7. Whole grains salads. Instead of high-fat potato and macaroni salads, a lightly dressed quinoa side dish not only delivers fresh, bright flavor; but whole-grain quinoa is packed with protein and all eight essential amino acids for optimal human health. Available in white, black and red varieties, it is naturally gluten free. Take a look at —like Chef Zonka’s Quinoa & Lentil Salad with Sherry-Dijon Vinaigrette—and Pomegranate Quinoa Tabouli). Make other cold salads with trending whole grains like barley, farro, freekeh and wheat berries. Wild rice, often relegated to autumn and winter, is delicious served cold, studded with fresh veggies and spiked with zesty citrus dressing.

    8. Watch your buns. Replace hamburger and hot dog buns made with refined white flour with whole-grain varieties. You’ll get added fiber plus enhanced flavor.

    9. Bake beans without the bacon. A hearty and satisfying side dish of baked beans need not rely on animal fat to taste delicious. Beans are a naturally good source of meatless protein and dietary fiber. You can add smoky flavor with a touch of liquid smoke.

    10. Watch the sauce. Most commercial brands of barbecue sauce are loaded with sugar (often in the form of high-fructose corn syrup) and sodium. Check the labels and go for those sweetened with agave or Splenda, or consider making your own sauce. Blend canned tomato paste with agave (or much less sugar than commercial brands), spices, vinegar and, molasses, Worcestershire sauce, fruit juice and/or mustard. Taste as you go. For portion control, don’t pour liberally over meats: Brush the sauce on.

    Now, your cook-outs will be better-for-you, and you didn’t have to go to culinary school to learn how to do it!

      

    Comments

    TIP OF THE DAY: 7 Uses For Broth Or Stock

    Digging in the back of the pantry, we found several cartons of beef, chicken and vegetable broth and stock stock nearing expiration. We grabbed a pencil and created this list of how to use them:

    Braise & Glaze. Braise meats, glaze vegetables. Any savory recipe that calls for the addition of water can probably be improved by substituting stock.

    Cook Grains. Substitute chicken or vegetable stock for the cooking water and your grains will taste so much better. Use two parts stock to one part barley, couscous, rice, quinoa or other favorite grain.

    Drink A Cup. Beef and chicken broth are protein-packed alternatives to a hot cup of coffee or tea. Enjoy a cup plain or with cracked pepper, minced herbs and/or a tablespoon of grated Parmesan. Spice it up with a splash of hot sauce or minced chiles.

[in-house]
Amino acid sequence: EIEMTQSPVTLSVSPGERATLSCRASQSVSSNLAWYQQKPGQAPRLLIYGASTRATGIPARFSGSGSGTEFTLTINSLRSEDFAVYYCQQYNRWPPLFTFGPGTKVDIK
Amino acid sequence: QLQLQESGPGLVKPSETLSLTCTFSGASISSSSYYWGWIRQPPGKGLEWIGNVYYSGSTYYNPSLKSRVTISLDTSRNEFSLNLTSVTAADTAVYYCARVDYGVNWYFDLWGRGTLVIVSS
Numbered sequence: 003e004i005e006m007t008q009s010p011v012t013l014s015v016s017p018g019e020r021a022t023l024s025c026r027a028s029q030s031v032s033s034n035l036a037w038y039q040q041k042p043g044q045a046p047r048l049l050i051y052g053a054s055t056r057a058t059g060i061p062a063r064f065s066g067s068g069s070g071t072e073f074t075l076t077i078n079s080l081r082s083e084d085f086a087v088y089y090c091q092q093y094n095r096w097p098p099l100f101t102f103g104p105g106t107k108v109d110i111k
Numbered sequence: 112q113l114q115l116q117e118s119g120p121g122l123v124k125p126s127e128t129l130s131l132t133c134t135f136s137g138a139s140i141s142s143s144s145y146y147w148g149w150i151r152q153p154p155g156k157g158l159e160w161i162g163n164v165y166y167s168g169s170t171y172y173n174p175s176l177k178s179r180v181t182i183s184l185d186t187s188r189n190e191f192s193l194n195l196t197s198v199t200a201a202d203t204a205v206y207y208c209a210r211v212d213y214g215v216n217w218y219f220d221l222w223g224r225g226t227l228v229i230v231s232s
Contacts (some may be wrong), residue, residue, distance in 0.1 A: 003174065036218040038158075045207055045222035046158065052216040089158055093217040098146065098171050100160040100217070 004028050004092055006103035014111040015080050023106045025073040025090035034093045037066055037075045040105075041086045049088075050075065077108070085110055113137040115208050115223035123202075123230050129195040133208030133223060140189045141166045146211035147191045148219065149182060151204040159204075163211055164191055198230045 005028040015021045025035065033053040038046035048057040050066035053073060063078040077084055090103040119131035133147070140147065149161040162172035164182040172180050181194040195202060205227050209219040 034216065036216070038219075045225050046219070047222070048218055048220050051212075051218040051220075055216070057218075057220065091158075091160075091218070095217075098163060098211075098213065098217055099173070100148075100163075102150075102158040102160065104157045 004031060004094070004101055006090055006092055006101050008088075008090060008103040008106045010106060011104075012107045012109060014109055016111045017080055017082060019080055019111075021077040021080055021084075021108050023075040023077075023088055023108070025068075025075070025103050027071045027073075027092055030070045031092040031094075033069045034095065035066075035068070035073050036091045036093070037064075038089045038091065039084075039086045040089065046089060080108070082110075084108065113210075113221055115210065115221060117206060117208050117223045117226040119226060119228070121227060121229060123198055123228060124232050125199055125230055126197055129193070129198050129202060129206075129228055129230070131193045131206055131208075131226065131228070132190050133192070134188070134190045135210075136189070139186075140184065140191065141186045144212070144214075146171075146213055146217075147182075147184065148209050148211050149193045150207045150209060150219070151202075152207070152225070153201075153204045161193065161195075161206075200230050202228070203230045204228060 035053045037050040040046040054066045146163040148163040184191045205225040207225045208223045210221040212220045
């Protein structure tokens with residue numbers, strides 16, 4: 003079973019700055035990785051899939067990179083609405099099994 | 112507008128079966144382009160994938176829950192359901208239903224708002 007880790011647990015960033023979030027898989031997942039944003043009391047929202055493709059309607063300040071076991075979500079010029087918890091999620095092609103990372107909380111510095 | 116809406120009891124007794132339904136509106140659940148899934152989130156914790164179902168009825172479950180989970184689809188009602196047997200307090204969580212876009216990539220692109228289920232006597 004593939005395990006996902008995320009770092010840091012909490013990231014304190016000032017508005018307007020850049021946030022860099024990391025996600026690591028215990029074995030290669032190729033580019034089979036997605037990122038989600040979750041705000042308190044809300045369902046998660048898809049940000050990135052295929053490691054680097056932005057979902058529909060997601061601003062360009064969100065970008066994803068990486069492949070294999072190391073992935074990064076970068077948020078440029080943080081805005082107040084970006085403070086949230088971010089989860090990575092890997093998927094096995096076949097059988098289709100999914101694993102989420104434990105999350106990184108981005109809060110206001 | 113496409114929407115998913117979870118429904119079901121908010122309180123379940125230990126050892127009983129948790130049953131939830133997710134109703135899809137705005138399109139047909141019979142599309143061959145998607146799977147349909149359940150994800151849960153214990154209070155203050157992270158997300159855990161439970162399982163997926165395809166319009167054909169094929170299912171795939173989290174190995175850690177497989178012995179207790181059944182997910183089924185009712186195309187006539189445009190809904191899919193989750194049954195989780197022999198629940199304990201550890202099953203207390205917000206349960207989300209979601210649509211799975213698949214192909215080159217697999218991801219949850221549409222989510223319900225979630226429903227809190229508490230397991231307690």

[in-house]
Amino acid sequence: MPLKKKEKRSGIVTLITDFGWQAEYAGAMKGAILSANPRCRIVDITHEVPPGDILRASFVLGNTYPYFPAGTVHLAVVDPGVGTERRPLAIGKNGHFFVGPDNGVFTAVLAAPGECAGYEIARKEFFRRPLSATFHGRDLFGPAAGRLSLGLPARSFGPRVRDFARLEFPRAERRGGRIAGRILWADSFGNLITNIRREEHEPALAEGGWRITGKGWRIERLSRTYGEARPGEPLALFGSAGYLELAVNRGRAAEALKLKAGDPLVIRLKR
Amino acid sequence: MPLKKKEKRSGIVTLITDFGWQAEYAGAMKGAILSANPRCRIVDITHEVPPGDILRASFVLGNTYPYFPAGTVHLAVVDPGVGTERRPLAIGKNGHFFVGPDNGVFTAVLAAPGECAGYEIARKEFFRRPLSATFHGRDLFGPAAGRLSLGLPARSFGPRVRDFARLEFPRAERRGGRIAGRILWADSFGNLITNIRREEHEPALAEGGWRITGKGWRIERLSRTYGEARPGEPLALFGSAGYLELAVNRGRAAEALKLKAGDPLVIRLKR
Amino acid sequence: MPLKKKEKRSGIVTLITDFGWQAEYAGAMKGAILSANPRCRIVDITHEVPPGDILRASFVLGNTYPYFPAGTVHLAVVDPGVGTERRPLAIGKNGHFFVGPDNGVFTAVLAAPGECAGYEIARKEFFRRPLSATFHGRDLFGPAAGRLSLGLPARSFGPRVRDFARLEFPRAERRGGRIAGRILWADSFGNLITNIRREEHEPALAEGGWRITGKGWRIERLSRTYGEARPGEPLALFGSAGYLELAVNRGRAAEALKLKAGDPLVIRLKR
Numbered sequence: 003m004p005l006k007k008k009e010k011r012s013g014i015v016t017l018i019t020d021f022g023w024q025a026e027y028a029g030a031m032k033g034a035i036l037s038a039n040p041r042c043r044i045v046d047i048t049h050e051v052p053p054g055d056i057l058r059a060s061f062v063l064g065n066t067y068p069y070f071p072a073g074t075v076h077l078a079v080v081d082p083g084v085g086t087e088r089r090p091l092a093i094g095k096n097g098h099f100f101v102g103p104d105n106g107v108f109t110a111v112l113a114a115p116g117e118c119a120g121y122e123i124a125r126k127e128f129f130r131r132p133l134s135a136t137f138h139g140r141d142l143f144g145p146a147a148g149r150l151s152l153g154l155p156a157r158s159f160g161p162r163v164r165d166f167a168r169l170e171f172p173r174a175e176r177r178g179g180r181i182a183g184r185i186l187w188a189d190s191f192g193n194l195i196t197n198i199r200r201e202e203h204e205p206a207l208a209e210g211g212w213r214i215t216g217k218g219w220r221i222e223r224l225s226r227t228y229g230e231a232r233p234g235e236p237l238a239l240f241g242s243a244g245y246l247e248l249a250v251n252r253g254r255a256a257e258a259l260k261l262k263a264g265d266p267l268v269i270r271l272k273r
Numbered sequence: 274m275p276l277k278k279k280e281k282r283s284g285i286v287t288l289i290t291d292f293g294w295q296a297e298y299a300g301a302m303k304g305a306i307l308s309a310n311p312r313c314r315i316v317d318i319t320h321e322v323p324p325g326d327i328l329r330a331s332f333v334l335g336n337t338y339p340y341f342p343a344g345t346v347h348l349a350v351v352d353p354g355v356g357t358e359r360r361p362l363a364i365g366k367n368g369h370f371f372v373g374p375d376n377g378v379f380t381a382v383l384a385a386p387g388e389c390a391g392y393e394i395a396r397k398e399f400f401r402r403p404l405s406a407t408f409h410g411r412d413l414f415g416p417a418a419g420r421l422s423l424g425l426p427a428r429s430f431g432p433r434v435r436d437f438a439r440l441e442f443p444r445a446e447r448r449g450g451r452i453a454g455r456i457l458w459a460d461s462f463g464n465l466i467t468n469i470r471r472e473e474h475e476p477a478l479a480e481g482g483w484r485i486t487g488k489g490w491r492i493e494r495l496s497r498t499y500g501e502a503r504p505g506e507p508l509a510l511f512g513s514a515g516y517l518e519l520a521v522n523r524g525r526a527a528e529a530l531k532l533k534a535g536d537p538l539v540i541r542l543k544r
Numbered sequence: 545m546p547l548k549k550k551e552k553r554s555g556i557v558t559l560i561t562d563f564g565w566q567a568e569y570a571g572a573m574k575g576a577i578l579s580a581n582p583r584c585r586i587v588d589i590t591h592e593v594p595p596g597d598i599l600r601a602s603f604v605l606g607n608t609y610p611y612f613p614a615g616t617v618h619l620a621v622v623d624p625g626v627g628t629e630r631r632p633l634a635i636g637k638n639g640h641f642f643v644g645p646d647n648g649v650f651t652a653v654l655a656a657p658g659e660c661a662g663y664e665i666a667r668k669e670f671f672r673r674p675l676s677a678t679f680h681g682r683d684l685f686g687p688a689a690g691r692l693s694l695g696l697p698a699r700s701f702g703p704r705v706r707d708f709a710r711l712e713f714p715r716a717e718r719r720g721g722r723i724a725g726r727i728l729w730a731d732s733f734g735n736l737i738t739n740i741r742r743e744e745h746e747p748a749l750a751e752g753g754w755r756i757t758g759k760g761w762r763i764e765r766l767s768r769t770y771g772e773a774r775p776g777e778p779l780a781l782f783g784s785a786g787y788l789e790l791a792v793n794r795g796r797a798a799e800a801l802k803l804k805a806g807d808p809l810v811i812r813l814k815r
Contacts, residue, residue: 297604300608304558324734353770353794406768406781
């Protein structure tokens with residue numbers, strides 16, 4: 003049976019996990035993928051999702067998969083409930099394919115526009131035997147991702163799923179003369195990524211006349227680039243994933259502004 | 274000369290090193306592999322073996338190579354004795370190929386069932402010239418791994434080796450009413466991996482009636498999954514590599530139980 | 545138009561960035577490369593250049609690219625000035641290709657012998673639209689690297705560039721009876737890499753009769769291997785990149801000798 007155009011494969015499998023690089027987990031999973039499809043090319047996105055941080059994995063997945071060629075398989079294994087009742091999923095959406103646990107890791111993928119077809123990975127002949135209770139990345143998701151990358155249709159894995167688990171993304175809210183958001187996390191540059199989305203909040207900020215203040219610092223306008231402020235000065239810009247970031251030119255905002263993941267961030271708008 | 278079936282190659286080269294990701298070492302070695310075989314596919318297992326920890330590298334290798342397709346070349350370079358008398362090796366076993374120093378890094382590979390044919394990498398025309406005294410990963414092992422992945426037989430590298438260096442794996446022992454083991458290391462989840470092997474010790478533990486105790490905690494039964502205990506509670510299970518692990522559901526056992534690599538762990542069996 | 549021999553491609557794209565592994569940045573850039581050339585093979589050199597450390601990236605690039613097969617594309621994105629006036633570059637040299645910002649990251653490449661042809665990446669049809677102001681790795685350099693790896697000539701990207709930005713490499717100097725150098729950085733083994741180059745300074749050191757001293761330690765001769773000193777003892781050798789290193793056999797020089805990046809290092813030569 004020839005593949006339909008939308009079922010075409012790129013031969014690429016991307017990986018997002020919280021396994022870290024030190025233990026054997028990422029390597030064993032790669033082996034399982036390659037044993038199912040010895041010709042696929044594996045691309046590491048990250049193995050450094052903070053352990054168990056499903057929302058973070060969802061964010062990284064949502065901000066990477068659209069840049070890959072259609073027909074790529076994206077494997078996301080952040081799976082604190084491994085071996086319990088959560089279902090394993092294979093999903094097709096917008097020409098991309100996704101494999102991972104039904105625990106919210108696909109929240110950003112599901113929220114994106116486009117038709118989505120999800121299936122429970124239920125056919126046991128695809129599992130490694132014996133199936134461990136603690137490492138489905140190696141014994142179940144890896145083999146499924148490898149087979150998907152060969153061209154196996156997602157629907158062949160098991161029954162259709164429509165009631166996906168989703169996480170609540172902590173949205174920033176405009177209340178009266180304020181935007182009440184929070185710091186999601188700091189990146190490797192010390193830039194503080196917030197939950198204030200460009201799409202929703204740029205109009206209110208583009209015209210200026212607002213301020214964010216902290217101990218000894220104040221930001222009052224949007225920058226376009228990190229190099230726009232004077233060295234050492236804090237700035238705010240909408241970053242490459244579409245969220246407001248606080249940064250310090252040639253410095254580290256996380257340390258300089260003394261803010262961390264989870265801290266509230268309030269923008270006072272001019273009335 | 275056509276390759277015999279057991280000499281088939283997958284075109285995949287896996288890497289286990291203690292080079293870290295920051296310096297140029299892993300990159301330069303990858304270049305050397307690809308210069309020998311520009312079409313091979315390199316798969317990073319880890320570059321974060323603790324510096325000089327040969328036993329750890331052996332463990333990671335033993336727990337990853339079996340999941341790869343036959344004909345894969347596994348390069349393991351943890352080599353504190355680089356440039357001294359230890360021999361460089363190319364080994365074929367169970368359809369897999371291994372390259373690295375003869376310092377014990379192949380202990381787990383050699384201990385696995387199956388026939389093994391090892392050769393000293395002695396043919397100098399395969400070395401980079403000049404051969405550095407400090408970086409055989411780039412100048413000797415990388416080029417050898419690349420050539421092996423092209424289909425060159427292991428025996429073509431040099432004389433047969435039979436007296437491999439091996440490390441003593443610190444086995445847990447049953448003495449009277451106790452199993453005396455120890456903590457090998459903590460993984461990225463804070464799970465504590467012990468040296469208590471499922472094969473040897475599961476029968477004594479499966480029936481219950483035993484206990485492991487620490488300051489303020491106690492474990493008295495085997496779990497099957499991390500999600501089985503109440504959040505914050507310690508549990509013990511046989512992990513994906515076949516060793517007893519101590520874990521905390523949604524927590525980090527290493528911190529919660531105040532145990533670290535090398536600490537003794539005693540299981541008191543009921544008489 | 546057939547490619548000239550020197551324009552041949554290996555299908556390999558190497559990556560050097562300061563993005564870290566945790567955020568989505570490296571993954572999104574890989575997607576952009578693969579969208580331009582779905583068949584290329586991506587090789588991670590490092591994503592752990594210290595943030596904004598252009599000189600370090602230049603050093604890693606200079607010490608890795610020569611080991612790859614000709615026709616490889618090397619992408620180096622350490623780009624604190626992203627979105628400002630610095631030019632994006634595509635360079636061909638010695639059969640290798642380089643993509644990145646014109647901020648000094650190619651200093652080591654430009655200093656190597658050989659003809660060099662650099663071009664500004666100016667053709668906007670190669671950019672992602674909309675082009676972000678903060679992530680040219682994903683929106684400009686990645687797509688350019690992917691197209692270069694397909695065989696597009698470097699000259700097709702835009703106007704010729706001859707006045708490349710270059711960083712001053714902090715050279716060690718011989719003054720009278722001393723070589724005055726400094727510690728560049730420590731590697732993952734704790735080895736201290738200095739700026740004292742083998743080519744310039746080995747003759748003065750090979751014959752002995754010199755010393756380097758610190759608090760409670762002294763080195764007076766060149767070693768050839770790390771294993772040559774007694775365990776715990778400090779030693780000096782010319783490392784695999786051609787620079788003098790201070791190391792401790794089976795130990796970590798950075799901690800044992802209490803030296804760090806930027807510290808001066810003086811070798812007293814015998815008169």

Make Pasta En Brodo. An Italian classic, soup pasta or tortellini cooked in broth and served in the cooking broth with generous amounts of pasta. You can substitute barley, quinoa or other nutritious grain for the pasta. (Add spaghetti to chicken broth and you’ve got chicken noodle soup.)

     

    swanson-chicken-broth-carton-230b

    A versatile pantry sample. Photo courtesy Swanson.

     

    imagine-vegetable-broth-carton-230

    For recipes or a cup of pick-me-up. Photo
    courtesy Imagine Foods.

     

    Make Polenta. While we typically save time by purchasing premade rolls of polenta, the homemade version is so much better—and even better when made with stock instead of water. (In cooking school, which followed French techniques, we were instructed to make it with cream. Nope!)

    Make Risotto. We love an excuse to whip up a risotto. You need arborio, carnaroli or vialone nano rice (these starchier varieties create risotto’s creaminess—see the different types of rice). While plain risotto with Parmigiano-Reggiano or other Italian grating cheese is delicious, wild mushroom risotto or seafood risotto is submlime. Seasonal vegetables are another fine addition. Here’s a recipe for asparagus and shrimp risotto.

    Make Soup. Add pasta and veggies for homemade chicken noodle soup; use as a base for anything from minestrone to hot and sour soup.

     
    STOCK & BROTH: THE DIFFERENCE

    The difference between a stock and a broth is the seasoning. Stock is not seasoned; it is an unfinished product that is an ingredient in another dish. For example, stock is used to make gravy (beef stock is use used for au jus), marinades, risotto, sauces and other soups.

    So, if you’re using stock, you’ll need to add salt to your desired level. Broth already contains salt.

    Broth is a thin soup is made from a clear stock foundation. The terms bouillon and broth are used interchangeably. However, a bouillon is always served plain (with an optional garnish), whereas broth can be made more substantive with the addition of a grain (corn, barley, rice) and vegetables.

    Here are the related types of soups, including consommé and velouté.

     

      

    Comments

    TIP: Save Your Olive Pits

    olive-pits-flheritage.com-230r

    Save those olive pits! Photo courtesy Florida
    Department Of State.

     

    Here’s something new to try this barbecue season: olive pits.

    Who knew:

    Dropping a few olive pits (a.k.a. stones) onto the barbecue coals adds a really special aroma that will have people guessing as to its origin.

    Here’s all you have to do:

  • Collect the olive pits, clean them and dry them.
  • Store them in an airtight jar until ready to use.
  • Toss onto the hot coals before adding the food.
  •  
    Let us know how you like it.

     

    What else can you do with olive pits?

    If the climate is right, you can grow a tree from scratch. Otherwise, we’re stumped. If you have suggestions, let us know!

      

    Comments

    TRENDS: What’s New In Barbecue

    Spell it barbecue, barbeque or the short form BBQ, May first is the start of the May-September peak outdoor cooking season. Not surprisingly, it’s National Barbecue Month.